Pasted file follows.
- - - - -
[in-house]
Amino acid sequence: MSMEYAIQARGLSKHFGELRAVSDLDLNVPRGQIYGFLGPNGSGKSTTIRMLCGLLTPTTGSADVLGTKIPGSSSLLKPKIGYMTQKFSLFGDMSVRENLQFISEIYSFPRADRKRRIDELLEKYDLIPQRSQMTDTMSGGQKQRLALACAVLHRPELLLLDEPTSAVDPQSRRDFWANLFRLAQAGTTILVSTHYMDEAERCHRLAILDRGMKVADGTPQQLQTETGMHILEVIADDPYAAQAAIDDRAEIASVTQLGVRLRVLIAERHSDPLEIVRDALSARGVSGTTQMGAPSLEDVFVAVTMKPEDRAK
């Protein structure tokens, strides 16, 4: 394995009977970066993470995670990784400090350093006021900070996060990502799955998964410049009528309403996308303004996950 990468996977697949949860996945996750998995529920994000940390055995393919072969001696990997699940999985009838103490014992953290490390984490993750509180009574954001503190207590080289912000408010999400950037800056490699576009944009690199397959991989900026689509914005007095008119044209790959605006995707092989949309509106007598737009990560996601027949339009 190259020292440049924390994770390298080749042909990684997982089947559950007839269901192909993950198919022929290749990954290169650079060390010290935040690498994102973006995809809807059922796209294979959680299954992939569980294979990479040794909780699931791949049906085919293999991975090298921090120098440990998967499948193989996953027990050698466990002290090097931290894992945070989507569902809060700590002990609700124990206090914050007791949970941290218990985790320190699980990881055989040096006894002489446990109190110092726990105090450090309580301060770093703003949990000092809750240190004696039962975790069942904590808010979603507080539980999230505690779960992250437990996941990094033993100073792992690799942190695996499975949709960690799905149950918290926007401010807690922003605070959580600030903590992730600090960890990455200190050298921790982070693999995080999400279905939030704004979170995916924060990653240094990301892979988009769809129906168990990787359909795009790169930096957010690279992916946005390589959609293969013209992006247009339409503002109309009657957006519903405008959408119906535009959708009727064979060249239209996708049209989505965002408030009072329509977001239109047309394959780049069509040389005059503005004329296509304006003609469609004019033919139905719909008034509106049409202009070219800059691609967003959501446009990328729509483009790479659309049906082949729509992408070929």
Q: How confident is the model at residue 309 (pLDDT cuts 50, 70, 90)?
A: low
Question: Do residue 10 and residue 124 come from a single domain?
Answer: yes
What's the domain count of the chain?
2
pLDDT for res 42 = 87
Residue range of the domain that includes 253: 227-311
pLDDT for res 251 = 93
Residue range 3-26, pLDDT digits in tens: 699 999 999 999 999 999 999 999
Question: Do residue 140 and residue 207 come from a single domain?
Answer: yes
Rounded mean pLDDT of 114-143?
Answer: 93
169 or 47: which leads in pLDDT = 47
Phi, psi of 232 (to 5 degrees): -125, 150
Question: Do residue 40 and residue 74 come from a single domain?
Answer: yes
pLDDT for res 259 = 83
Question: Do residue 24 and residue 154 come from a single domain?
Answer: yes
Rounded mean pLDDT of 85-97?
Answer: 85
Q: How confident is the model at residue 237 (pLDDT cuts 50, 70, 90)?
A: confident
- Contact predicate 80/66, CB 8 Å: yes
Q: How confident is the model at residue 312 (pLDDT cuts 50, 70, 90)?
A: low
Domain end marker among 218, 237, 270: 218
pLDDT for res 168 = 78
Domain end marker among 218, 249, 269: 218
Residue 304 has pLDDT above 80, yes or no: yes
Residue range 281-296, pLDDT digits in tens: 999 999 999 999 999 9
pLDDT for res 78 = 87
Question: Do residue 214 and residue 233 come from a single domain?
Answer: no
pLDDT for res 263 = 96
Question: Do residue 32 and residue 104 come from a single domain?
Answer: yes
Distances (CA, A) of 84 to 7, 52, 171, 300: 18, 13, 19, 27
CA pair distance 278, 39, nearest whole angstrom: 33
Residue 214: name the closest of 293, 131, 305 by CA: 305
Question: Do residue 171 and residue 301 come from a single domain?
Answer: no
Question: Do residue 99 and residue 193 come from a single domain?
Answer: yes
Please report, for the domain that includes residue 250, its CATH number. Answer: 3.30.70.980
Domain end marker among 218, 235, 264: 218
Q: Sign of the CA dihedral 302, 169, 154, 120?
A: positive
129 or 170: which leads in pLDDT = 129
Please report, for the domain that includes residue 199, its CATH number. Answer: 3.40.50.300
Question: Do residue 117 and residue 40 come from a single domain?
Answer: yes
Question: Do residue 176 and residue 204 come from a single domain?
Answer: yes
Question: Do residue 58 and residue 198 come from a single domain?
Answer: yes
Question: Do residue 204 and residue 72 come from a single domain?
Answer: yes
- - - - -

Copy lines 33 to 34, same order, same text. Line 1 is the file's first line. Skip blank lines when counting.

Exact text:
pLDDT for res 168 = 78
Domain end marker among 218, 249, 269: 218